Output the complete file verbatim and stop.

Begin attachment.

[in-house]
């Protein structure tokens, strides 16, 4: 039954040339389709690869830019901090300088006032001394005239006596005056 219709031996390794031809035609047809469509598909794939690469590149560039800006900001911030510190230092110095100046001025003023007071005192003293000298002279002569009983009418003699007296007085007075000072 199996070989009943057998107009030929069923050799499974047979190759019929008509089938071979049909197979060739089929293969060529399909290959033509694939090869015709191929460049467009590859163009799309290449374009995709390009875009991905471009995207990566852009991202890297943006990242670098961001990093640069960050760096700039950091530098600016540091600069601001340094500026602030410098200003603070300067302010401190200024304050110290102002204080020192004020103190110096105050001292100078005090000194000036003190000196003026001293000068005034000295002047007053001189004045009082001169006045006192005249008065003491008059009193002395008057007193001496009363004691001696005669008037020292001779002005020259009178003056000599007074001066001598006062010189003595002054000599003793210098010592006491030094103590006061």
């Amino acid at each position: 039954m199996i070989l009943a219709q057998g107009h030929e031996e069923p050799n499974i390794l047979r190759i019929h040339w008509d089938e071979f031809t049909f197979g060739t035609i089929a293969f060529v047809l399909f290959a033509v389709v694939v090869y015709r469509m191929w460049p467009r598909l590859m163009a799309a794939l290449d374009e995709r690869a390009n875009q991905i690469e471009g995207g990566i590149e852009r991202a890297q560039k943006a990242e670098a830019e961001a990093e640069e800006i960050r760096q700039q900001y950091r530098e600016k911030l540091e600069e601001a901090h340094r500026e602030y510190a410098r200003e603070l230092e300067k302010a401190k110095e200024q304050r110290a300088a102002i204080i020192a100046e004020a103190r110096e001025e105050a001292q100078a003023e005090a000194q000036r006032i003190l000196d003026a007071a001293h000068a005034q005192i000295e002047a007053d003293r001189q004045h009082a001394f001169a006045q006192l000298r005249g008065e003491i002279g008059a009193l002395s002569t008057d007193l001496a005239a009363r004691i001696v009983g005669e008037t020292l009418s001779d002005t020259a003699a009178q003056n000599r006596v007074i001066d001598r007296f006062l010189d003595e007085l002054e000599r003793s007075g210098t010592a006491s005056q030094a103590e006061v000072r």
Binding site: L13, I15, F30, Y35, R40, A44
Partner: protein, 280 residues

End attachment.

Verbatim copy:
[in-house]
């Protein structure tokens, strides 16, 4: 039954040339389709690869830019901090300088006032001394005239006596005056 219709031996390794031809035609047809469509598909794939690469590149560039800006900001911030510190230092110095100046001025003023007071005192003293000298002279002569009983009418003699007296007085007075000072 199996070989009943057998107009030929069923050799499974047979190759019929008509089938071979049909197979060739089929293969060529399909290959033509694939090869015709191929460049467009590859163009799309290449374009995709390009875009991905471009995207990566852009991202890297943006990242670098961001990093640069960050760096700039950091530098600016540091600069601001340094500026602030410098200003603070300067302010401190200024304050110290102002204080020192004020103190110096105050001292100078005090000194000036003190000196003026001293000068005034000295002047007053001189004045009082001169006045006192005249008065003491008059009193002395008057007193001496009363004691001696005669008037020292001779002005020259009178003056000599007074001066001598006062010189003595002054000599003793210098010592006491030094103590006061």
């Amino acid at each position: 039954m199996i070989l009943a219709q057998g107009h030929e031996e069923p050799n499974i390794l047979r190759i019929h040339w008509d089938e071979f031809t049909f197979g060739t035609i089929a293969f060529v047809l399909f290959a033509v389709v694939v090869y015709r469509m191929w460049p467009r598909l590859m163009a799309a794939l290449d374009e995709r690869a390009n875009q991905i690469e471009g995207g990566i590149e852009r991202a890297q560039k943006a990242e670098a830019e961001a990093e640069e800006i960050r760096q700039q900001y950091r530098e600016k911030l540091e600069e601001a901090h340094r500026e602030y510190a410098r200003e603070l230092e300067k302010a401190k110095e200024q304050r110290a300088a102002i204080i020192a100046e004020a103190r110096e001025e105050a001292q100078a003023e005090a000194q000036r006032i003190l000196d003026a007071a001293h000068a005034q005192i000295e002047a007053d003293r001189q004045h009082a001394f001169a006045q006192l000298r005249g008065e003491i002279g008059a009193l002395s002569t008057d007193l001496a005239a009363r004691i001696v009983g005669e008037t020292l009418s001779d002005t020259a003699a009178q003056n000599r006596v007074i001066d001598r007296f006062l010189d003595e007085l002054e000599r003793s007075g210098t010592a006491s005056q030094a103590e006061v000072r």
Binding site: L13, I15, F30, Y35, R40, A44
Partner: protein, 280 residues